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The rising morning sun reflects off of Big Bear Lake as one of the Big Bear eagles checks on the two eggs laying in the nest in Big Bear on Wednesday, Jan. 25, 2023. (Courtesy of the Friends of Big Bear Valley)
The rising morning sun reflects off of Big Bear Lake as one of the Big Bear eagles checks on the two eggs laying in the nest in Big Bear on Wednesday, Jan. 25, 2023. (Courtesy of the Friends of Big Bear Valley)
Madison Hart
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Two weeks after watchers of a Bald Eagle nest near Big Bear Lake hoped to catch sight of two eaglets chipping their way into the world, there are still no signs of cracks in the eggs.

The eaglets may now never emerge, according to , the nonprofit group that hosts a livestream of the nest.

“It appears now that Jackie and Shadow’s eggs are not going to hatch this time,” Sandy Steers, Friends of Big Bear Valley’s executive director, said Monday, Feb. 27, on .

“We cannot know exactly why — they could have not been fertilized, or could have stopped developing somewhere along the process for any of a variety of conditions and reasons,” Steers added.

Jackie and Shadow, Big Bear’s resident eagle nesting pair, had two eggs this season. In the past, Jackie’s eggs have hatched about 38 days after being laid. This year, the first egg was laid about 47 days ago. The second was laid about 44 days ago.

The first egg was set to hatch around Feb. 14, and the was set to hatch a few days after Valentine’s Day.

Nearly two weeks later, neither egg has hatched.

One of the Big Bear eagles checks on the two eggs laying in the nest in Big Bear on Wednesday, Jan. 25, 2023. (Courtesy of the Friends of Big Bear Valley)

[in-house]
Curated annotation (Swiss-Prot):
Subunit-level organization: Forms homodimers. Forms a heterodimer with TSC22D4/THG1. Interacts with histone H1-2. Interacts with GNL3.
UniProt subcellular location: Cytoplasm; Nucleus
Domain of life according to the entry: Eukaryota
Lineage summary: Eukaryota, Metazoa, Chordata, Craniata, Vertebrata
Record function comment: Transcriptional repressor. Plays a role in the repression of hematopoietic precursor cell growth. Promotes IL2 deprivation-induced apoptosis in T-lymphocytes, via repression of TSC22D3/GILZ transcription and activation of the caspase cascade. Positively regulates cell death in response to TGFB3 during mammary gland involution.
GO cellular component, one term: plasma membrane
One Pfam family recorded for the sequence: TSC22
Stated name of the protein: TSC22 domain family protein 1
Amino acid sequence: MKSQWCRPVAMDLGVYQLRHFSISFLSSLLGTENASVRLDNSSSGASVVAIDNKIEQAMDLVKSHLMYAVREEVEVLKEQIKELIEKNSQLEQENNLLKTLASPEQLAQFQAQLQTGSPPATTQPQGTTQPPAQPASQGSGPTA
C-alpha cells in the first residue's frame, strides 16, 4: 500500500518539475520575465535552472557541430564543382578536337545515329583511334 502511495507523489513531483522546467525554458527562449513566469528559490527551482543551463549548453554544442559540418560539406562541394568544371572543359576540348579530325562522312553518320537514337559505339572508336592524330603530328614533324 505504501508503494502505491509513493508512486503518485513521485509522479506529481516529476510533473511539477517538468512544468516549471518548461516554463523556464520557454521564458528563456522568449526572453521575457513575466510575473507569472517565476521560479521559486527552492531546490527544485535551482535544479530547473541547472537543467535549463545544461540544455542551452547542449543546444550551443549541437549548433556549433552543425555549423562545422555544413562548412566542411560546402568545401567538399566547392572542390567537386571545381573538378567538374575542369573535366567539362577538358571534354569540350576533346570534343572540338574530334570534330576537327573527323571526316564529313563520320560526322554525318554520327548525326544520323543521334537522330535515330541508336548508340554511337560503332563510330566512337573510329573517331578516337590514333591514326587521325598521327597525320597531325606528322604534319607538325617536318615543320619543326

One of the Big Bear eagles checks on the two eggs laying in the nest in Big Bear on Wednesday, Jan. 25, 2023. (Courtesy of the Friends of Big Bear Valley)

Steers said “something unusual” occurred two weeks ago, which caused Jackie and Shadow to leave the eggs unattended for longer periods. The eggs were left uncovered for one to two hours at a time.

There are multiple variables that impact the eagle parents and the eggs. Steers said solar flares, earthquakes, confused hormones, intruder eagles, weather conditions and more may have called Jackie’s and Shadow’s attention away.

The nesting pair continued to care for the eggs Monday. Steers said they may do so for a few more weeks before they realize the eggs are not hatching. The eggs may end up prey to other birds, she said, or be left buried in the nest.

“As always, we will patiently watch to see what happens from here,” Steers said. “We will allow ourselves to be open, curious and learning from nature even through the sadness in our hearts.”

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